$5 Million Grant Awarded to Medical School to Research Lymphoma in Pediatric Transplant Patients
Immunologists at Washington University Medical School received a $5.7 million grant from the National Cancer Institute (NCI) late last month to identify how the Epstein Barr Virus (EBV) can lead to immune cell cancer in pediatric patients who have received organ transplants.
EBV, better known as “mono,” is a virus nearly 90% of the world has been exposed to according to the NIH. After exposure, EBV stays dormant in the body and can be transferred through organ donations.
Pediatric transplant patients have weak immune systems, which makes them vulnerable to the dormant EBV in donated organs. The resulting EBV infection can cause an immune cell cancer called post-transplant lymphoproliferative disorder (PTLD). According to the NIH, this condition occurs in 2-3% of pediatric post-transplant patients.
Vikas Dharnidharka, a professor of pediatrics and clinical researcher at Washington University School of Medicine, is the principal investigator of this research project. The primary problem with lymphoma research in post-transplant pediatric patients is that there is no way to tell which patients are going to develop the condition, Dharnidharka said. The goal of his research is to develop a novel screening technique that monitors responses in immune cells that can lead to PTLD.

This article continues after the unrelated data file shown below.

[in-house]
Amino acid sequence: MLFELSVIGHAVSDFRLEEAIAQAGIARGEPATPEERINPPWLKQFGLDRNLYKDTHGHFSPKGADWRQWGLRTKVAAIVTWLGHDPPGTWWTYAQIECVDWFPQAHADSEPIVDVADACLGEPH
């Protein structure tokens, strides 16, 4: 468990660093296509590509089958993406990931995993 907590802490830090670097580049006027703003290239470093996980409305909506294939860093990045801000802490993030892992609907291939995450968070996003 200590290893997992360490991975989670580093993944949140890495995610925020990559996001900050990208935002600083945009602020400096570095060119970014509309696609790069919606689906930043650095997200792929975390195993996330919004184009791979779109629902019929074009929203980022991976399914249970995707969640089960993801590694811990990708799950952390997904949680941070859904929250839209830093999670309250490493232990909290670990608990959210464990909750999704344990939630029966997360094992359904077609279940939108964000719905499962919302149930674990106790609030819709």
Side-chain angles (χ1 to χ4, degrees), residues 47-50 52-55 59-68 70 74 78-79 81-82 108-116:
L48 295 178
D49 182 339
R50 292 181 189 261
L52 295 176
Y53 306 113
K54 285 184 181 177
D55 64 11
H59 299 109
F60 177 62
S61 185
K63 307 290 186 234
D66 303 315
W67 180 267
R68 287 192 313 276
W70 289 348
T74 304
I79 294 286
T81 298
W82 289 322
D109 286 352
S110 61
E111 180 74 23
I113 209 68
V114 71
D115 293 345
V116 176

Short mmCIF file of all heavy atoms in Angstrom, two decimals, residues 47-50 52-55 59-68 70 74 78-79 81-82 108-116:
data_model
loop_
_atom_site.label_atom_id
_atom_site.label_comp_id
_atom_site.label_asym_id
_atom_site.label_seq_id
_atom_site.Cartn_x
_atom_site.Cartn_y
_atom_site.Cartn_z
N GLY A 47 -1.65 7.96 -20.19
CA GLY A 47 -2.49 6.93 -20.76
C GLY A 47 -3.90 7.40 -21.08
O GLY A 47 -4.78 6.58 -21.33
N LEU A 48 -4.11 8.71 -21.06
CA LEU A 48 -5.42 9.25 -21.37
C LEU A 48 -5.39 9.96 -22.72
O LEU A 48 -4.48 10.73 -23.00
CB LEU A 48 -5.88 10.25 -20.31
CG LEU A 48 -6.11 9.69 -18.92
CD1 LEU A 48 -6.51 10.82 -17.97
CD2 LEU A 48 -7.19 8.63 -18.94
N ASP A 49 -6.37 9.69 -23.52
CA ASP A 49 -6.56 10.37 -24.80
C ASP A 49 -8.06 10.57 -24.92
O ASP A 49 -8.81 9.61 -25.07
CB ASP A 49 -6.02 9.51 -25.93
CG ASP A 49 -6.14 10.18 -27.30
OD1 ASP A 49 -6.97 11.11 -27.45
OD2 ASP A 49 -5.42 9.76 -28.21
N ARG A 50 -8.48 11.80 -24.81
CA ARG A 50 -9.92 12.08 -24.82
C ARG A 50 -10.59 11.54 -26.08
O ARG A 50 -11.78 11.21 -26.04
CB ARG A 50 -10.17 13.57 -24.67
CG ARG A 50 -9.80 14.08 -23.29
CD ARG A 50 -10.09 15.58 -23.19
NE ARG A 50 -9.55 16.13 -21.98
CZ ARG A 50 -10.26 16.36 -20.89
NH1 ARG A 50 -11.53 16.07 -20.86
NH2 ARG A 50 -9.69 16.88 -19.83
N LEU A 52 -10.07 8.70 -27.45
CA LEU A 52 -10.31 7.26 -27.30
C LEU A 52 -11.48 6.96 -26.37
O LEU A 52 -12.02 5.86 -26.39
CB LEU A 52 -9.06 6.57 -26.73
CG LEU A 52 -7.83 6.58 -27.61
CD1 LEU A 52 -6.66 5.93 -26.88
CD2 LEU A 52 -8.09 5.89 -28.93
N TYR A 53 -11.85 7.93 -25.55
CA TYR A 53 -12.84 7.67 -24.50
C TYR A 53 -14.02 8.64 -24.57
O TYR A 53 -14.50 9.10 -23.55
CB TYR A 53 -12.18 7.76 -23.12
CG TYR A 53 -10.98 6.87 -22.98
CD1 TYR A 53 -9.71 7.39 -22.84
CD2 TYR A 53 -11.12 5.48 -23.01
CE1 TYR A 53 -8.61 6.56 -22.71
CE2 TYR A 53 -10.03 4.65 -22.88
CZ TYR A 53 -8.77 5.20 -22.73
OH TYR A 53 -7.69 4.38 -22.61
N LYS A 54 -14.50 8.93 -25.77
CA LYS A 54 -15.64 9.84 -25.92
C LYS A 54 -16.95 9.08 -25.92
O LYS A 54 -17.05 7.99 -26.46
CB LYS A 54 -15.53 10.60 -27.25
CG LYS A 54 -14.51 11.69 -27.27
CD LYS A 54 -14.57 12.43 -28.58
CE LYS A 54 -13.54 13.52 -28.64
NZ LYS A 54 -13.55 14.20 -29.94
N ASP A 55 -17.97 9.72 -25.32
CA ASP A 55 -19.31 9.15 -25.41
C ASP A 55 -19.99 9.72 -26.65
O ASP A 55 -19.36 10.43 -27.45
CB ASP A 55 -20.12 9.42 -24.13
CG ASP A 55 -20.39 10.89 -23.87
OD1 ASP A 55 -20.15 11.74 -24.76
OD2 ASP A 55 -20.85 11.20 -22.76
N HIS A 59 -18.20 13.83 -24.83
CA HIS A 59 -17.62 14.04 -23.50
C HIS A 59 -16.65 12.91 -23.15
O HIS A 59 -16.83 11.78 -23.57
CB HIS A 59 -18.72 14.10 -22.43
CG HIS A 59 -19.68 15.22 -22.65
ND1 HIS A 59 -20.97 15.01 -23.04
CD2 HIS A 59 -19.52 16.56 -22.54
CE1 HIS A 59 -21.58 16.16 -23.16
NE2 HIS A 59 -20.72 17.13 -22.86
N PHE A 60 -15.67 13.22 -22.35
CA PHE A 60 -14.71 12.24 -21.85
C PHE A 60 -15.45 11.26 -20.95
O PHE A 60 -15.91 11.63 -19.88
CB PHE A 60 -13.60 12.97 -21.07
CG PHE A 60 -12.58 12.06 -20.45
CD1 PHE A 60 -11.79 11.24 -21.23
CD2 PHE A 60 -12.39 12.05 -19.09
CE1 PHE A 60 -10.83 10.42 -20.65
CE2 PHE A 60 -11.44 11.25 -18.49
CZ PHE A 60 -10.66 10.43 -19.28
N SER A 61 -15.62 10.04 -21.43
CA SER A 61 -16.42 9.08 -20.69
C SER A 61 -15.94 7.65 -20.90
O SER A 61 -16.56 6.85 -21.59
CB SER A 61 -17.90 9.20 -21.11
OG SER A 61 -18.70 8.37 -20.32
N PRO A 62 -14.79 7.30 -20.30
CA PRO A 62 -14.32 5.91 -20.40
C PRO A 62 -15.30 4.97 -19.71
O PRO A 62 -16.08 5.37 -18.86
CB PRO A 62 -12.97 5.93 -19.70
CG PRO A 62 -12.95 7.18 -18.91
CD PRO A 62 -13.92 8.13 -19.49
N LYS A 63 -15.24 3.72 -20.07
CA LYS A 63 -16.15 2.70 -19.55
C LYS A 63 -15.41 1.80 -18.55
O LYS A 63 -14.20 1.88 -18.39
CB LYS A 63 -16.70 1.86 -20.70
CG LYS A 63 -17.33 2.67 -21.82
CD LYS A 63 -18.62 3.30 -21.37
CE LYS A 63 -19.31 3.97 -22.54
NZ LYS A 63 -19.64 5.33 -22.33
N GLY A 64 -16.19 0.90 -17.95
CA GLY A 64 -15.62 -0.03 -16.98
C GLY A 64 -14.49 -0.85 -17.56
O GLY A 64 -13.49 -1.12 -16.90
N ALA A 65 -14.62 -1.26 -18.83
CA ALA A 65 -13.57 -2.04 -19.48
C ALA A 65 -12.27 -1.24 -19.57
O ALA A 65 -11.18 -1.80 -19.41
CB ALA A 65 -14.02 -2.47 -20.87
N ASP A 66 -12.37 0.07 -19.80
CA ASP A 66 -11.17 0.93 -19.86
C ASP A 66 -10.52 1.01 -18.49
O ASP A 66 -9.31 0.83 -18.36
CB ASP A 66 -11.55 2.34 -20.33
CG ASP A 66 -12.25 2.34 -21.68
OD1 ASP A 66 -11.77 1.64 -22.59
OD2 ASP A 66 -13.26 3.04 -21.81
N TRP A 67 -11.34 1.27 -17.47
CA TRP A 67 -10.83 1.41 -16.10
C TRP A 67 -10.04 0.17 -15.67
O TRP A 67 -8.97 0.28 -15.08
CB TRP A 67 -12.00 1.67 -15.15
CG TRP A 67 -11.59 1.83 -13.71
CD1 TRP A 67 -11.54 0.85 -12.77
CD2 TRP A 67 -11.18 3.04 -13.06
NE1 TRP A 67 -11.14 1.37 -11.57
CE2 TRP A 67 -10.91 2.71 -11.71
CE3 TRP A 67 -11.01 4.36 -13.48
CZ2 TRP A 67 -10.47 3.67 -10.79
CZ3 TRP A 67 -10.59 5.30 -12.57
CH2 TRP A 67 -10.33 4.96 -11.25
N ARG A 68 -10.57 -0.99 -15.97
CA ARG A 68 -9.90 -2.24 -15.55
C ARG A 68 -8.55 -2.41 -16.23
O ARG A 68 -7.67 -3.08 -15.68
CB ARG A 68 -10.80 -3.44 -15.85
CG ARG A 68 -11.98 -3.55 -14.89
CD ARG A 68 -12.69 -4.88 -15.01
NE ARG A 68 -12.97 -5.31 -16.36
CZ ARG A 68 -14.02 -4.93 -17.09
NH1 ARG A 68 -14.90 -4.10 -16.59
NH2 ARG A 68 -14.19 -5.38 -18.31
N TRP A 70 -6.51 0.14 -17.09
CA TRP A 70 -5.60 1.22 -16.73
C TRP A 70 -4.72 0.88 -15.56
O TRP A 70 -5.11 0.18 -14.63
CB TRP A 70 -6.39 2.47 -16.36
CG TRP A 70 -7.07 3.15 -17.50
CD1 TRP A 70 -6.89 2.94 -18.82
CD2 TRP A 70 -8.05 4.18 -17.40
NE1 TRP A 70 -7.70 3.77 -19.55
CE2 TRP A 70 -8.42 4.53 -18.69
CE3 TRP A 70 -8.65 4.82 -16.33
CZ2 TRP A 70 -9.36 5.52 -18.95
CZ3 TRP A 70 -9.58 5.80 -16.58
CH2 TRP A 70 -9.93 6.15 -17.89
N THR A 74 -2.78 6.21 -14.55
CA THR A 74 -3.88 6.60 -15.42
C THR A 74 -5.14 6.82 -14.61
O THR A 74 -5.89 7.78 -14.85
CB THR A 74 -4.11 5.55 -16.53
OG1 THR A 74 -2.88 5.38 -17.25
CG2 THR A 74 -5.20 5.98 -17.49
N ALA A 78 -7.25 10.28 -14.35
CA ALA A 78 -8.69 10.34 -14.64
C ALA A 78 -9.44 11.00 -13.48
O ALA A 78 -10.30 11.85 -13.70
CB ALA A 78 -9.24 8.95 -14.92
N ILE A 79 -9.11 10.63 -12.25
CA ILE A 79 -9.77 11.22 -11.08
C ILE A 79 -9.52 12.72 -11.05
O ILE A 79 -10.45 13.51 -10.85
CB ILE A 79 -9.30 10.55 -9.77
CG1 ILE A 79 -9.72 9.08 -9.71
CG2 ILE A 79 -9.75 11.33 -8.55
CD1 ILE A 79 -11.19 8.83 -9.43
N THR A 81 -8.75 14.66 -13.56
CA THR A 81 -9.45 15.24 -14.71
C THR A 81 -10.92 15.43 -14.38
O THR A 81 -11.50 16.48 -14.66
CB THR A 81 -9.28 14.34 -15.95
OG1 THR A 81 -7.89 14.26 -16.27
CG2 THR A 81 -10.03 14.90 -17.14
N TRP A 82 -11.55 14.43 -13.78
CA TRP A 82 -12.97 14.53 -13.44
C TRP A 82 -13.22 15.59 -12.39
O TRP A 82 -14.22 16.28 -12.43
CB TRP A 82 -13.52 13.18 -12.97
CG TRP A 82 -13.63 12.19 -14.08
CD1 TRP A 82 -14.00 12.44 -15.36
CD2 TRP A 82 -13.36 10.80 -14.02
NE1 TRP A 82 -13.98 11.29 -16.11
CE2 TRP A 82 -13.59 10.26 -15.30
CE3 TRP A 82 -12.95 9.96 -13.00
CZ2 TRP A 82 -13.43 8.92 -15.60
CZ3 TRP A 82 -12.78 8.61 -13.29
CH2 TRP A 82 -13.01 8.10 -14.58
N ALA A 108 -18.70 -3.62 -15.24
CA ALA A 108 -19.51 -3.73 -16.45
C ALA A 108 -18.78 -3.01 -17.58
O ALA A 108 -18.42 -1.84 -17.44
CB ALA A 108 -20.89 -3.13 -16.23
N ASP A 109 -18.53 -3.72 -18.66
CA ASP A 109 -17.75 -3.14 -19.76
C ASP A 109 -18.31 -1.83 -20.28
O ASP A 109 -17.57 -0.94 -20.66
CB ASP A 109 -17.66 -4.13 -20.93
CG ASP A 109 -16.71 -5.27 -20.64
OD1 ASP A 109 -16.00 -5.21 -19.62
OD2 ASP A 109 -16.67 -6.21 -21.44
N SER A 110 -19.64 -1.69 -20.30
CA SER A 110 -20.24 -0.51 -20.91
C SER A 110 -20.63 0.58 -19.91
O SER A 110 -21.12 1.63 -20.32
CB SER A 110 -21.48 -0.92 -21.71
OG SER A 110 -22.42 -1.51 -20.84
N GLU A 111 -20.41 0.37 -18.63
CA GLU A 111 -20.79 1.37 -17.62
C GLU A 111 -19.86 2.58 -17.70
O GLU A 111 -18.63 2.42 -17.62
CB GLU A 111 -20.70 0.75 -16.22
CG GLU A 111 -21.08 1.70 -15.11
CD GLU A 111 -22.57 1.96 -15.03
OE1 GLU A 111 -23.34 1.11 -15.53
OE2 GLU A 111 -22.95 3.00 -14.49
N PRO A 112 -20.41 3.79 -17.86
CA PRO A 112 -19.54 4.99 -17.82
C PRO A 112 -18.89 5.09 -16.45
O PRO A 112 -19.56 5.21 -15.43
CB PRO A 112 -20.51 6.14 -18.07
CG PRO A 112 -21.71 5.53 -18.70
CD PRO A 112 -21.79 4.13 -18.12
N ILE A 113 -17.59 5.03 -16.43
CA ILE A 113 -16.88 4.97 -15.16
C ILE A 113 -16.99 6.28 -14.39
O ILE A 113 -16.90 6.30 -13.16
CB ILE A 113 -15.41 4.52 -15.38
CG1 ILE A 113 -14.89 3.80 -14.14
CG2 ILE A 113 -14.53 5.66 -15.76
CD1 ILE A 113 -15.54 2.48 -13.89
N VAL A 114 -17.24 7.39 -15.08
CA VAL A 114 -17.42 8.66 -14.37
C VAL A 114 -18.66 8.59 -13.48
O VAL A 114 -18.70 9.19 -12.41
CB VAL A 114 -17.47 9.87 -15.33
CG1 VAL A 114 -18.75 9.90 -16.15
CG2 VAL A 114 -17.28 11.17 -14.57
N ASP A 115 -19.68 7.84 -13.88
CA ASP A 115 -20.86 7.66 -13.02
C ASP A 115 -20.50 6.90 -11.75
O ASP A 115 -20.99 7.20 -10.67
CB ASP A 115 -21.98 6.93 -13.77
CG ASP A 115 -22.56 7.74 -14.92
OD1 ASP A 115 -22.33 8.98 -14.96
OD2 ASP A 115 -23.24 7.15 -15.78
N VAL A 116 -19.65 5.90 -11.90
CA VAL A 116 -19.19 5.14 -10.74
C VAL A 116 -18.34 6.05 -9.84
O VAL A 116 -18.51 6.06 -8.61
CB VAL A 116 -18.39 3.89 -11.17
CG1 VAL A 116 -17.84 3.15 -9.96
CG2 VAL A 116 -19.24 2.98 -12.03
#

Dharnidharka’s team comes from different fields, including virology and pediatrics, and various institutions across the nation, including Cincinnati Children’s Hospital, the Texas Children’s Hospital in Houston, and the University of Pittsburgh School of Medicine.
Grants are awarded based on how important the question posed by the research project is, how that question is going to get answered, and if the project has access to the right tools and people to be successful, according to Dharnidharka.
“I can’t possibly be an expert in all these different things,” Dharnidkharka said. “But if I get together teams of people who have unique expertise, we can do so much more together than we can do individually.”
The NCI allocated approximately $7.3 billion this fiscal year to cancer research. How this money is distributed determines what knowledge is created by research and, as a result, can help inform how we acknowledge prevalent problems in the future, according to Dharnidharka.
“We will be able to judge who’s going to clear the virus infection versus who’s not going to develop that cancer and then it may also open targets for new therapies.”